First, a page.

. Punch down the dough to smoosh the air out of it.2
. Toss the bacon and pecans into the bowl.3
. Fold the dough over a few times to start to work the bacon and pecans through the dough.4
. Then start to knead in earnest, until the ingredients are fairly uniformly incorporated through the dough.Forming the rolls.1
. Round the dough up into a ball and set it on your counter (it shouldnât really stick, but if it does, toss a little flour under it).2
. With a bencher (thatâs one of these things, one of my favorite kitchen tools) or a big knife, whack the dough into 12 pieces, just like cutting a pizza. Donât worry if theyâre not all 100% the same size. Theyâll be close enough.3
. Grab one of the wedges of dough. Roll it into a ball between your palms.4
. Spray your springform pan down lightly with a little oil. Set the dough ball in the pan. Repeat with the rest of the dough.5
. I like to make a circle of dough balls on the outside rim, then fill in the center for an even design. Arrange them however you like.Letting the Rolls Rise Like the Undead!1
. Cover the pan with a lightly oiled piece of plastic wrap (so when the rolls rise, they wonât stick to the plastic). Set them in a warm place to rise for about 1 hour, or until doubled in size.
When theyâre just about there, preheat your oven to 400 degrees.Brushing Rolls with Egg1
. To make the egg wash, beat an egg together with a tablespoon of water.2
. Gently brush the beaten egg over the tops of the rolls with a pastry brush (or your fingertips, in a pinch). This makes the top of the bread shiny after it bakes. Donât press too hard, or else you can deflate the little guys. Donât make yourself nuts getting every nook and cranny on the top.Baking Time!1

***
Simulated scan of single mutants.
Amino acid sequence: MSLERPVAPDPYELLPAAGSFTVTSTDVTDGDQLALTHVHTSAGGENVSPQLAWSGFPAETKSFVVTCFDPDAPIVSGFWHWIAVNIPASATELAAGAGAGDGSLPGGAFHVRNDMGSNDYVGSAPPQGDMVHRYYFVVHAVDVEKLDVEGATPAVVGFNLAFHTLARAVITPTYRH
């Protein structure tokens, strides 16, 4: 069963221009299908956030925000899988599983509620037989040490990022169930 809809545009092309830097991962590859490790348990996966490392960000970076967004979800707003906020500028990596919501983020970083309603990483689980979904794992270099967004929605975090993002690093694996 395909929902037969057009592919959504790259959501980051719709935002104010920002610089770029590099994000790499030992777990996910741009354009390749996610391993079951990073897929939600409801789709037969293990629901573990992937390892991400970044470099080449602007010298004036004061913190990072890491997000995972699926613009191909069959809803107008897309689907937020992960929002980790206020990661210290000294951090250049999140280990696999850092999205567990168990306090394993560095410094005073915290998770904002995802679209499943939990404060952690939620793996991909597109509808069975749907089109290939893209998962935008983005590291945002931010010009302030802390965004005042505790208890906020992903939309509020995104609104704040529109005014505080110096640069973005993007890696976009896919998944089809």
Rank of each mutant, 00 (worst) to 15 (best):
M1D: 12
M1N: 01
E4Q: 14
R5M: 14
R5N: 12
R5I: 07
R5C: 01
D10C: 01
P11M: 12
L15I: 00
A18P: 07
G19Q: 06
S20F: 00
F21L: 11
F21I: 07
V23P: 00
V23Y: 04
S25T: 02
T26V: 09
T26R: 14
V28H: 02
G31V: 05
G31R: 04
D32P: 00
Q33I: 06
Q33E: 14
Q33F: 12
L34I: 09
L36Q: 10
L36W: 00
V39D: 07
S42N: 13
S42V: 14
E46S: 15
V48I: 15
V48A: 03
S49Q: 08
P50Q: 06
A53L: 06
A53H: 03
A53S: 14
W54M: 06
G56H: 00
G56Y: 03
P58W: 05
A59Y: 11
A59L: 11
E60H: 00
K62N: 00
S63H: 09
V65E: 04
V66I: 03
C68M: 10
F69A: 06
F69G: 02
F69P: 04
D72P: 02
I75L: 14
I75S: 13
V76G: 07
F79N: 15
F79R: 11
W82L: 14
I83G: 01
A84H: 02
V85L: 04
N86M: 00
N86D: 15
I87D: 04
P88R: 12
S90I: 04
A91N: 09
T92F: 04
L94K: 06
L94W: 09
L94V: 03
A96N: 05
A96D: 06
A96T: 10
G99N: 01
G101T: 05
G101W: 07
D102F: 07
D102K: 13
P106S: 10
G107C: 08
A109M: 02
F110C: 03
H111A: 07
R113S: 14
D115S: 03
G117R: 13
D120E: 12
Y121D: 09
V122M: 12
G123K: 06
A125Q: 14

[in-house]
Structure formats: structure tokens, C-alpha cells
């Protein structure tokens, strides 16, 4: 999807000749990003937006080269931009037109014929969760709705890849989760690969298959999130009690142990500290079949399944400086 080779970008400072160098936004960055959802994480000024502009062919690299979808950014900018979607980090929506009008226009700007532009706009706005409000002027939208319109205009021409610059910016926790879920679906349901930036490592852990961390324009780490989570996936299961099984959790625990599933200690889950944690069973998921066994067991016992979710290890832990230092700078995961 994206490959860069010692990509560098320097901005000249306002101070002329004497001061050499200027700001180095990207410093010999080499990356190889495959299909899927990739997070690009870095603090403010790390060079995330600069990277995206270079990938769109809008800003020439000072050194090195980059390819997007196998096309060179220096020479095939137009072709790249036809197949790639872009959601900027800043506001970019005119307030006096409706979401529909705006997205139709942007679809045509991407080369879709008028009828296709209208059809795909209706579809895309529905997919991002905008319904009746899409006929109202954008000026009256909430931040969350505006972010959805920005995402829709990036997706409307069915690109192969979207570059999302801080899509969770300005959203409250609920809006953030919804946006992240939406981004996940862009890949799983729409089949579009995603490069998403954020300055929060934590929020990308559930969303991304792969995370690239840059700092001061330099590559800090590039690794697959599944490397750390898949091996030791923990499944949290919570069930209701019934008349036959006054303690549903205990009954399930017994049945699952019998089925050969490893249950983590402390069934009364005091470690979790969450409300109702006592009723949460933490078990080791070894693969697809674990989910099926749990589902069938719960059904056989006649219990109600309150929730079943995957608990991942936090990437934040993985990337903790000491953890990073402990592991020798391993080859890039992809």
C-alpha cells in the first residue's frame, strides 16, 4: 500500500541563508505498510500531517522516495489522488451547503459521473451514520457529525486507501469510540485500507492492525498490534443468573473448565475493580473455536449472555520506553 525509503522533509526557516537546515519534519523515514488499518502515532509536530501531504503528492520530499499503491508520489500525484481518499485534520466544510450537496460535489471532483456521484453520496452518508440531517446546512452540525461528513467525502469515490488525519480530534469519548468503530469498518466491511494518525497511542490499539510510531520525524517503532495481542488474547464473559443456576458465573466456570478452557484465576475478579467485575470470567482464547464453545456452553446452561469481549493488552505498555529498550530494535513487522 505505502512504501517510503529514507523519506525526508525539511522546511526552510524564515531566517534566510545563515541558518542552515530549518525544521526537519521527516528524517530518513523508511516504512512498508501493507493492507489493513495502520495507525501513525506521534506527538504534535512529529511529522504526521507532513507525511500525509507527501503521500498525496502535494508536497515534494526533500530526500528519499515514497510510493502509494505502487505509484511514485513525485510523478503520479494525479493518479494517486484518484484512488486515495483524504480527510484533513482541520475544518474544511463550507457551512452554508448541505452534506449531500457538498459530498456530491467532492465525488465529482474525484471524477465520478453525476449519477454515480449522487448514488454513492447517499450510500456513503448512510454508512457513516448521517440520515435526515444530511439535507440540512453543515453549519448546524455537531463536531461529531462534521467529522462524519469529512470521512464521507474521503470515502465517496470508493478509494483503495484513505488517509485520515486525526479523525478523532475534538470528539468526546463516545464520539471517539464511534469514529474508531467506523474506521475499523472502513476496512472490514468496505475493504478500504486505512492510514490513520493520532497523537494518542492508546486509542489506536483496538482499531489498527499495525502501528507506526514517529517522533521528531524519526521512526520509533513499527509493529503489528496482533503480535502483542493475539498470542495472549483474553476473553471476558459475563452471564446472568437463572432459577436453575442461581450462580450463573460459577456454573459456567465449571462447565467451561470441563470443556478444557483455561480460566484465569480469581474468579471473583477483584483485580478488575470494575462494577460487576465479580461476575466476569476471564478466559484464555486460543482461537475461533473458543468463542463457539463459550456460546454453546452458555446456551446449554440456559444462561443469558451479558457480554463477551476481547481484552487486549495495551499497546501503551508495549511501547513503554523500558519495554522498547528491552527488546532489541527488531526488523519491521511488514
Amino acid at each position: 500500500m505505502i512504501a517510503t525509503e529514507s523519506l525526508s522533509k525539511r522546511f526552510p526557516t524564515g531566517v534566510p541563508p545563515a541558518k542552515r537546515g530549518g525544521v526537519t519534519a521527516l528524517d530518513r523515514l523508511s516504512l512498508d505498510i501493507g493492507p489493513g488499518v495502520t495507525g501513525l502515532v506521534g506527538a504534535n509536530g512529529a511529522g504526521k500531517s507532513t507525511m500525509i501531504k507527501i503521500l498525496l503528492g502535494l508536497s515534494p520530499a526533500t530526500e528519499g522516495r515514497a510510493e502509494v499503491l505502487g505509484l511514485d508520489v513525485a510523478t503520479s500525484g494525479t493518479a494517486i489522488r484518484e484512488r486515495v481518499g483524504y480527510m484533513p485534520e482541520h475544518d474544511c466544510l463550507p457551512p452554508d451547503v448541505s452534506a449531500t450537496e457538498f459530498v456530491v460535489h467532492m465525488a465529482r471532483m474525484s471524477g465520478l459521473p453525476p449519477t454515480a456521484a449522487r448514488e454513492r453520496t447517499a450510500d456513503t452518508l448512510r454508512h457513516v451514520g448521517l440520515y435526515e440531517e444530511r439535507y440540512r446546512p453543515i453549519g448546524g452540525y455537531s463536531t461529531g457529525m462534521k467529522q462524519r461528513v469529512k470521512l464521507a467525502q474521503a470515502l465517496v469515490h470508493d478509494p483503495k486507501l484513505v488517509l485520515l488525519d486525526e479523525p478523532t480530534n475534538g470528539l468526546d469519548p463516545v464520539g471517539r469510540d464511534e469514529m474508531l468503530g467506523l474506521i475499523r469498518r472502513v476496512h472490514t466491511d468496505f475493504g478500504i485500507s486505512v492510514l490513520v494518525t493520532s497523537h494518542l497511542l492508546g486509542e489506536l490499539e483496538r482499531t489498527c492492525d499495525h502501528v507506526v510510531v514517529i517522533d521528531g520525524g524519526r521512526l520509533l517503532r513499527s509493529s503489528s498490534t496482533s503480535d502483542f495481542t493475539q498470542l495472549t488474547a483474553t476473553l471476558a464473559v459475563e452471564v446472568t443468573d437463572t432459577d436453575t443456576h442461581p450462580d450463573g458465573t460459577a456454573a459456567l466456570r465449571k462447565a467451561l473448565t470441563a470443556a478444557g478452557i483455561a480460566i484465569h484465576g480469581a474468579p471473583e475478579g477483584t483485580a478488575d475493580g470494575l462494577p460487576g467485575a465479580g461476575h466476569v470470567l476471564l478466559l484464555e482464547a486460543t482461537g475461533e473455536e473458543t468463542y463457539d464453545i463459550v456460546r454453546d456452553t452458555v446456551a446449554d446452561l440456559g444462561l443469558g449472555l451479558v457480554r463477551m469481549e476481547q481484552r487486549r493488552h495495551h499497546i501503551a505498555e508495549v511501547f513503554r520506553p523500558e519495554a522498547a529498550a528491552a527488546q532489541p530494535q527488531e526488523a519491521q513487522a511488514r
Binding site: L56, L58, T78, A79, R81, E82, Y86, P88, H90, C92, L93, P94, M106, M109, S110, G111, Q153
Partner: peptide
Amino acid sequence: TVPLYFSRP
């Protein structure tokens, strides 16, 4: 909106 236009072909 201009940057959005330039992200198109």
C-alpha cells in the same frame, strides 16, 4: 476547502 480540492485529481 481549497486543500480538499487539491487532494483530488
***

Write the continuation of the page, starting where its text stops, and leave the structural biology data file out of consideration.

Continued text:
. Pop the pan into your pre-heated 400-degree oven. Bake for 30 â 35 minutes, until the rolls are shiny and warm brown on top.2
. A nice brown crust and a good hollow sound when thumped (another sign that bread is baked through) are usually good enough for me.
If youâre so inclined, however, youâre aiming for about 190 degrees F on an instant read thermometer. (Stick the thermometer in the dead center of the loaf, not touching the edges or bottom of the pan.)
When they come out of the oven, let the rolls cool for about 15 minutes in the pan.3
. Then, slip off the outer ring of the springform pan and let them cool on a rack.4
. When youâre ready to serve, rip the rolls apart. Keeps well wrapped on the counter for about 3 days.
Enjoy!CCajun Cod Bites
If you canât find Cod that looks good, you can substitute haddock (or any other firm-fleshed white fish).
A lot of fried fish recipes call for a cornmeal crust. Which is delicious, but not what I usually do for some reason. I tend to use panko, probably because I almost always have buckets of the stuff in my pantry.
Now, I know panko breadcrumbs are everywhere these days, but thereâs a reason for it: The stuff is just so damned good. They stay crisp like no other breadcrumbs.Ingredients
1 lb. cod fillets (about 2 large pieces), skinned and boned (they should come that way out of the fish case)
1 Tbls. granulated garlic
1 tsp. onion powder